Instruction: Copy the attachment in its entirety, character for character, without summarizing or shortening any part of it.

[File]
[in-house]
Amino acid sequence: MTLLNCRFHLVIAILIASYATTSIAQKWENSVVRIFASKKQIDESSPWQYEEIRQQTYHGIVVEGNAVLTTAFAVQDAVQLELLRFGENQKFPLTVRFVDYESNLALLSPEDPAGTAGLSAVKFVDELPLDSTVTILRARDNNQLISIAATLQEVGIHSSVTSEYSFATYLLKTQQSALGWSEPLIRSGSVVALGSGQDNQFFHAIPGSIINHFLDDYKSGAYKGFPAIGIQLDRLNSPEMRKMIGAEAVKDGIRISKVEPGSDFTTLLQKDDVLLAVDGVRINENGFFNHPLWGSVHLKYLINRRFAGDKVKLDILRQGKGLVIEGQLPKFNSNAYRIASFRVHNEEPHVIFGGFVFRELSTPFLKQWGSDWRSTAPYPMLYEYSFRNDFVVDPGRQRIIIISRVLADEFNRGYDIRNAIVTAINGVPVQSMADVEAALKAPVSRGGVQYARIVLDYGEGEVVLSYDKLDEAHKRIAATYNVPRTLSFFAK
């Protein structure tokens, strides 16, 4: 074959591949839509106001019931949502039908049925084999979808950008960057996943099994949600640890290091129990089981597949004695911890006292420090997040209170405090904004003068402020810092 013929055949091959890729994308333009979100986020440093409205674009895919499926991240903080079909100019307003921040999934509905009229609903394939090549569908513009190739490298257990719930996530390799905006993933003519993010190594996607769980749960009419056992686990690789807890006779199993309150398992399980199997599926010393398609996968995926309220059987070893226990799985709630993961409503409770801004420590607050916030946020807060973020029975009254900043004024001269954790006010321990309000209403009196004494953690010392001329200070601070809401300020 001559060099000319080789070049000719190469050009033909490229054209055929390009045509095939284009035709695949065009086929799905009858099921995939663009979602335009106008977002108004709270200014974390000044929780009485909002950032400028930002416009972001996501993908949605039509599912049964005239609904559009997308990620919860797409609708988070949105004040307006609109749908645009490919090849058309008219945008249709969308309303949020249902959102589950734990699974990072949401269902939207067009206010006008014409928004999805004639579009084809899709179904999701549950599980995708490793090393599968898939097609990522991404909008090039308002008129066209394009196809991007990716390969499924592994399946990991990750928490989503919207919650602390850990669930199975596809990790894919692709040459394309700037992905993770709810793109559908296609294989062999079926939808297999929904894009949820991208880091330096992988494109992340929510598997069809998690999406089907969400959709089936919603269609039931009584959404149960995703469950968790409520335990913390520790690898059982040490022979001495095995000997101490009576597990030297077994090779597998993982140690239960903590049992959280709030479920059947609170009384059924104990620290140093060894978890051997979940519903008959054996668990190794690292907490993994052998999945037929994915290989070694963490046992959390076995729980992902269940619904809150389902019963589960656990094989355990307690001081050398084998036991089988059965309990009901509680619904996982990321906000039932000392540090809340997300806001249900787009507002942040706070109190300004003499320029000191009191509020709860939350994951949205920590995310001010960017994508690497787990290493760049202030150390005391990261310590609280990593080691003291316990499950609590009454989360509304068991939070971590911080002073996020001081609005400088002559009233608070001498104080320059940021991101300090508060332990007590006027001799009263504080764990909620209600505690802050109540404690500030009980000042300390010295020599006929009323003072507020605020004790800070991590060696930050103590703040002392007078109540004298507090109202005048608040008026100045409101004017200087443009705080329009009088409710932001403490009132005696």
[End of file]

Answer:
[in-house]
Amino acid sequence: MTLLNCRFHLVIAILIASYATTSIAQKWENSVVRIFASKKQIDESSPWQYEEIRQQTYHGIVVEGNAVLTTAFAVQDAVQLELLRFGENQKFPLTVRFVDYESNLALLSPEDPAGTAGLSAVKFVDELPLDSTVTILRARDNNQLISIAATLQEVGIHSSVTSEYSFATYLLKTQQSALGWSEPLIRSGSVVALGSGQDNQFFHAIPGSIINHFLDDYKSGAYKGFPAIGIQLDRLNSPEMRKMIGAEAVKDGIRISKVEPGSDFTTLLQKDDVLLAVDGVRINENGFFNHPLWGSVHLKYLINRRFAGDKVKLDILRQGKGLVIEGQLPKFNSNAYRIASFRVHNEEPHVIFGGFVFRELSTPFLKQWGSDWRSTAPYPMLYEYSFRNDFVVDPGRQRIIIISRVLADEFNRGYDIRNAIVTAINGVPVQSMADVEAALKAPVSRGGVQYARIVLDYGEGEVVLSYDKLDEAHKRIAATYNVPRTLSFFAK
């Protein structure tokens, strides 16, 4: 074959591949839509106001019931949502039908049925084999979808950008960057996943099994949600640890290091129990089981597949004695911890006292420090997040209170405090904004003068402020810092 013929055949091959890729994308333009979100986020440093409205674009895919499926991240903080079909100019307003921040999934509905009229609903394939090549569908513009190739490298257990719930996530390799905006993933003519993010190594996607769980749960009419056992686990690789807890006779199993309150398992399980199997599926010393398609996968995926309220059987070893226990799985709630993961409503409770801004420590607050916030946020807060973020029975009254900043004024001269954790006010321990309000209403009196004494953690010392001329200070601070809401300020 001559060099000319080789070049000719190469050009033909490229054209055929390009045509095939284009035709695949065009086929799905009858099921995939663009979602335009106008977002108004709270200014974390000044929780009485909002950032400028930002416009972001996501993908949605039509599912049964005239609904559009997308990620919860797409609708988070949105004040307006609109749908645009490919090849058309008219945008249709969308309303949020249902959102589950734990699974990072949401269902939207067009206010006008014409928004999805004639579009084809899709179904999701549950599980995708490793090393599968898939097609990522991404909008090039308002008129066209394009196809991007990716390969499924592994399946990991990750928490989503919207919650602390850990669930199975596809990790894919692709040459394309700037992905993770709810793109559908296609294989062999079926939808297999929904894009949820991208880091330096992988494109992340929510598997069809998690999406089907969400959709089936919603269609039931009584959404149960995703469950968790409520335990913390520790690898059982040490022979001495095995000997101490009576597990030297077994090779597998993982140690239960903590049992959280709030479920059947609170009384059924104990620290140093060894978890051997979940519903008959054996668990190794690292907490993994052998999945037929994915290989070694963490046992959390076995729980992902269940619904809150389902019963589960656990094989355990307690001081050398084998036991089988059965309990009901509680619904996982990321906000039932000392540090809340997300806001249900787009507002942040706070109190300004003499320029000191009191509020709860939350994951949205920590995310001010960017994508690497787990290493760049202030150390005391990261310590609280990593080691003291316990499950609590009454989360509304068991939070971590911080002073996020001081609005400088002559009233608070001498104080320059940021991101300090508060332990007590006027001799009263504080764990909620209600505690802050109540404690500030009980000042300390010295020599006929009323003072507020605020004790800070991590060696930050103590703040002392007078109540004298507090109202005048608040008026100045409101004017200087443009705080329009009088409710932001403490009132005696």